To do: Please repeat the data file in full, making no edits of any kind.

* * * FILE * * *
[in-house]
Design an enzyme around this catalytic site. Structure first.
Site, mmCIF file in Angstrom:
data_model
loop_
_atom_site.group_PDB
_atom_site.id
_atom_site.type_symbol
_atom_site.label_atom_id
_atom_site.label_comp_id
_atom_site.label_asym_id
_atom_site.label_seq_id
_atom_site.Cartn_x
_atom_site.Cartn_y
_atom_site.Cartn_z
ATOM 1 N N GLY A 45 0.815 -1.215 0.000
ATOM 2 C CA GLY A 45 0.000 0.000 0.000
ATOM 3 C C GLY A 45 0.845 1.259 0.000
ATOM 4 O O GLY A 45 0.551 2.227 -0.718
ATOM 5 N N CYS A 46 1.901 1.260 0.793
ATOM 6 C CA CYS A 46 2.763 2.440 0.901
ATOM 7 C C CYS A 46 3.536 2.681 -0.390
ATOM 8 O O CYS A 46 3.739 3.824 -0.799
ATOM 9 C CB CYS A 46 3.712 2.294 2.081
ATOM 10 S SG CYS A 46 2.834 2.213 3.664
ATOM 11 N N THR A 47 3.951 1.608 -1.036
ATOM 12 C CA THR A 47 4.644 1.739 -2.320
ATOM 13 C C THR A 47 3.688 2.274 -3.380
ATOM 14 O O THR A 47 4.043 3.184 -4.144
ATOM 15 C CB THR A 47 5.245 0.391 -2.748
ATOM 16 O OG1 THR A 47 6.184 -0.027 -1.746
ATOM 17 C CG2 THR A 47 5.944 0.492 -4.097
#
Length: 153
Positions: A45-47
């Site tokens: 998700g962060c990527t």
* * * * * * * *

[in-house]
Design an enzyme around this catalytic site. Structure first.
Site, mmCIF file in Angstrom:
data_model
loop_
_atom_site.group_PDB
_atom_site.id
_atom_site.type_symbol
_atom_site.label_atom_id
_atom_site.label_comp_id
_atom_site.label_asym_id
_atom_site.label_seq_id
_atom_site.Cartn_x
_atom_site.Cartn_y
_atom_site.Cartn_z
ATOM 1 N N GLY A 45 0.815 -1.215 0.000
ATOM 2 C CA GLY A 45 0.000 0.000 0.000
ATOM 3 C C GLY A 45 0.845 1.259 0.000
ATOM 4 O O GLY A 45 0.551 2.227 -0.718
ATOM 5 N N CYS A 46 1.901 1.260 0.793
ATOM 6 C CA CYS A 46 2.763 2.440 0.901
ATOM 7 C C CYS A 46 3.536 2.681 -0.390
ATOM 8 O O CYS A 46 3.739 3.824 -0.799
ATOM 9 C CB CYS A 46 3.712 2.294 2.081
ATOM 10 S SG CYS A 46 2.834 2.213 3.664
ATOM 11 N N THR A 47 3.951 1.608 -1.036
ATOM 12 C CA THR A 47 4.644 1.739 -2.320
ATOM 13 C C THR A 47 3.688 2.274 -3.380
ATOM 14 O O THR A 47 4.043 3.184 -4.144
ATOM 15 C CB THR A 47 5.245 0.391 -2.748
ATOM 16 O OG1 THR A 47 6.184 -0.027 -1.746
ATOM 17 C CG2 THR A 47 5.944 0.492 -4.097
#
Length: 153
Positions: A45-47
């Site tokens: 998700g962060c990527t």